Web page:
Eating healthfully on a budget is not impossible. Challenging, perhaps, but not impossible. Keeping your grocery shopping to the bare essentials will nourish your family with wholesome foods while not feeling deprived. Make sure to consider these budget friendly healthy foods when you are meal planning.
Where’s the dairy?
As a dairy farmer’s wife you’d think that I would’ve loaded up the list with lots of dairy products.
Actually, dairy products are pretty expensive if your budget is super tight.
They are budget friendly healthy foods but only in moderation or as a treat. Or on super sale.
Thankfully, my husband and I can afford as much cheese and butter as we want to eat. That means it gets served with every breakfast and most suppers.
Sour cream gets used liberally and I use cream cheese at least once a week. Butter disappears at frightening rate (especially when my son eats it right off the stick!).
Not very budget friendly!
Spice it up!
Spices and seasonings are great budget friendly healthy foods. Especially since a little bit goes a long ways.
Incorporate different and new seasonings in your cooking to make your meals more appealing and tastier. Adding a touch of seasoning to any veggie side may help your children love vegetables.
Don’t forget about dessert spices, too.
Budget Friendly Healthy Foods to Keep in Stock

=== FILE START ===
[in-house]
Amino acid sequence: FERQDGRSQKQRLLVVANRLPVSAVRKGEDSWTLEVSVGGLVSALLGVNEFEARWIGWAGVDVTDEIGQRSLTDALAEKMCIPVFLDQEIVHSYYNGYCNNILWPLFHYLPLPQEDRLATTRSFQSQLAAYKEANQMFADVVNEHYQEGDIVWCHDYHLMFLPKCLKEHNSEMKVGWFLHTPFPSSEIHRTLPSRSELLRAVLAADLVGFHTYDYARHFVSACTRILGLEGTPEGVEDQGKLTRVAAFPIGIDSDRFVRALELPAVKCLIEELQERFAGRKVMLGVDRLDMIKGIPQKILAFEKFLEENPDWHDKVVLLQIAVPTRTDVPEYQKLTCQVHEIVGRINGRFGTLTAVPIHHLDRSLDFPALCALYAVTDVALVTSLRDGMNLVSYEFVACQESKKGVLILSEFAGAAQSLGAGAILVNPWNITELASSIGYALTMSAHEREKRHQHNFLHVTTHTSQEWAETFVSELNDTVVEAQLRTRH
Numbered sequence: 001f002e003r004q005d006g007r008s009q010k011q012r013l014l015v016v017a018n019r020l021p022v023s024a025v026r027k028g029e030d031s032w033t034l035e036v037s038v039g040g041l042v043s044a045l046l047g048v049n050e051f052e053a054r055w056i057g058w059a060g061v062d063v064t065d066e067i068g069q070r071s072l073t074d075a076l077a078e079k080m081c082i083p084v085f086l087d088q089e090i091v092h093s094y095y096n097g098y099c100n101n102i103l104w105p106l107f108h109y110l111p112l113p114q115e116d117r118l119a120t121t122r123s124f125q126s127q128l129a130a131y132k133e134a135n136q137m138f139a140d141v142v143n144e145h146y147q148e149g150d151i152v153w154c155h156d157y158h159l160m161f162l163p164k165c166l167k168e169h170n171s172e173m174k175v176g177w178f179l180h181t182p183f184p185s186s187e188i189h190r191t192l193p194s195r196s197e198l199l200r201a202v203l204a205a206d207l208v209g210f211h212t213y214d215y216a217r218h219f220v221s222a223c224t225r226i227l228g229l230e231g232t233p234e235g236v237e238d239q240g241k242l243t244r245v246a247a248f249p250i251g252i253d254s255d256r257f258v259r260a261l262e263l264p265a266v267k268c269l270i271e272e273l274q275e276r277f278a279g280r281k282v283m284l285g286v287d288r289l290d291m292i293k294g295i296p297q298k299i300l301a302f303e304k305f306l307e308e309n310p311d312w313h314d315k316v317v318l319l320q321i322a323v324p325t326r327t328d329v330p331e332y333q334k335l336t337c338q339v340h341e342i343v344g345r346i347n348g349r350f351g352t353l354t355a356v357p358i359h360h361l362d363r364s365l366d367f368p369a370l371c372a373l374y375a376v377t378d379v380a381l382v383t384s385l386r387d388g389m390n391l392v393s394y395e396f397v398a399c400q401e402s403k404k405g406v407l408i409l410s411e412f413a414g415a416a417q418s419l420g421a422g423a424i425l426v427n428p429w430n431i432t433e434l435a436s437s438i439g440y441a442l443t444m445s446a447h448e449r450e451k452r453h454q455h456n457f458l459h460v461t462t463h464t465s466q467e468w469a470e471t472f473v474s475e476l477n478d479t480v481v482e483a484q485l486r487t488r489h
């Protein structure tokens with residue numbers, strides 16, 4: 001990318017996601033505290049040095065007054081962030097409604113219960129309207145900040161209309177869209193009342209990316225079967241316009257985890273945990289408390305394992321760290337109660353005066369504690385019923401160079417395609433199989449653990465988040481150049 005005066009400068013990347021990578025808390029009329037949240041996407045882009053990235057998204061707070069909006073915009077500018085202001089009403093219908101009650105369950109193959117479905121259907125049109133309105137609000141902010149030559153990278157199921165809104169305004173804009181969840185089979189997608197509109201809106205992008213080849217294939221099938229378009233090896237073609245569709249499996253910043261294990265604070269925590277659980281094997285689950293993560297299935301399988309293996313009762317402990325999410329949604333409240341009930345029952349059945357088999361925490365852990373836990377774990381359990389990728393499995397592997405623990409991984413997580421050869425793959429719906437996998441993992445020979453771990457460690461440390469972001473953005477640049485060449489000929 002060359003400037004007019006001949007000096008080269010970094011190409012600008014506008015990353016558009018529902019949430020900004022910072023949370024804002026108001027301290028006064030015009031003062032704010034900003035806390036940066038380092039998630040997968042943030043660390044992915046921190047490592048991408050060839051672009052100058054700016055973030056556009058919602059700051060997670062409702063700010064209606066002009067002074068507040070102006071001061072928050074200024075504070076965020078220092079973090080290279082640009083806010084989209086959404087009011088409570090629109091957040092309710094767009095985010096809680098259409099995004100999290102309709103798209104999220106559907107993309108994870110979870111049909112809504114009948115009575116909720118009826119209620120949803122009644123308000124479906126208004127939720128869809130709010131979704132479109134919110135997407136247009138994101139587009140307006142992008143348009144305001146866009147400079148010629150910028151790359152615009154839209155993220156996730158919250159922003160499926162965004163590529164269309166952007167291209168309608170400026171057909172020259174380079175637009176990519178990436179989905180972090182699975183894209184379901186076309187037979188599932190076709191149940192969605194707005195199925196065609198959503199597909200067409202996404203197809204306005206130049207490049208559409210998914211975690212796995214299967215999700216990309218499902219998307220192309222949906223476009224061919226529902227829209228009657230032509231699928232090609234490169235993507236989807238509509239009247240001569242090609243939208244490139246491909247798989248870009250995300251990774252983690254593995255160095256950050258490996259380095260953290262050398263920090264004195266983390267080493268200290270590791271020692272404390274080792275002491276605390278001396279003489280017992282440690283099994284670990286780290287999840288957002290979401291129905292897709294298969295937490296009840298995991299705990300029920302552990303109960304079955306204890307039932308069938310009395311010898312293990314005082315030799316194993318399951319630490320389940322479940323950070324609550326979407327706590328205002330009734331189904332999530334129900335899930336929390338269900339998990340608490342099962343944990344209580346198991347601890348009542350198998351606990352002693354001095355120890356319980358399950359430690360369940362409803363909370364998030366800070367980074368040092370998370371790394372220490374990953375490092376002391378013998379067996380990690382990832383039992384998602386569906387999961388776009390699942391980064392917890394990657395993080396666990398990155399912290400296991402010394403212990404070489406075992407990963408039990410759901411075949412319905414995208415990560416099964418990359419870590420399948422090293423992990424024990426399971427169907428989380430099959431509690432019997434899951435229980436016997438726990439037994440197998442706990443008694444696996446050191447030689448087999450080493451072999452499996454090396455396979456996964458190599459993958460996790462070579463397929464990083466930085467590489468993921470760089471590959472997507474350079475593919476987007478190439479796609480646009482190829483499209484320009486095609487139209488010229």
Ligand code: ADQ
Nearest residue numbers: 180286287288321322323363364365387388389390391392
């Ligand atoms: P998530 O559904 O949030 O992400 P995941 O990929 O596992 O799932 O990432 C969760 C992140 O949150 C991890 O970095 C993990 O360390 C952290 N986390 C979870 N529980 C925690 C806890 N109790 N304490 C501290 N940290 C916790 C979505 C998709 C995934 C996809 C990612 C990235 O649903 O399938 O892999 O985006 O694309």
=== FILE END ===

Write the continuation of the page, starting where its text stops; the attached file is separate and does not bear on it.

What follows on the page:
By keeping these foods in stock all the time you can plan meals ahead of time and not feel pinched to go grab frozen pizzas or take out.
Eggs make the top of my list because they are so affordable yet packed with nutritious protein and fat. They are so versatile that they can be served for every meal and for snacks!
Eggs in Smoothies
If you have the fridge space, buy eggs by the box and save a few more bucks.
Read More: 7 Ways to Fix Hard Boiled Eggs
Real broth isn’t something you can buy cheaply to have on hand. But if you go to a butcher shop and ask for chicken carcasses and feet or knuckle bones and tails (from cows) you can make your own nourishing broth for cheap.
No, it’s not organic. No, the animals probably aren’t grass-fed. But some broth is better than no broth. And certainly the stuff you buy in the box from the store isn’t as nourishing because it doesn’t even gel!
I love my butter. But if finances are tight, lard is a great, healthy butter substitute. Again, you can’t just buy it from the store because it’s pretty expensive. [And I’ve only found lard that is partially hydrogenated.]
Hit up your local butcher again and ask for the leaf lard from pigs. You can usually buy this for a few cents a pound.
Take the lard home and render it down in your crock pot. This fat is relatively neutral in flavor and can be used just like you would use butter.
When I was growing up, we would have a piece of bread spread with lard for a snack.
My mom would fry everything in lard because it has a high smoke point.
Most of our cookies were made with half lard half butter because a family of six goes through a lot of cookies (and butter)!
Read More: How to Make Lard
Dried beans can be used as a side, in soups or mashed into spreads for bread or crackers.
Everyone’s had oatmeal for breakfast at some point. Buy oatmeal in bulk, soak it the night before (go to minute 3:15) and cook up a big batch for the whole family in the morning. Each person can add what they like: frozen berries, milk, maple syrup, peanut butter, cinnamon or honey!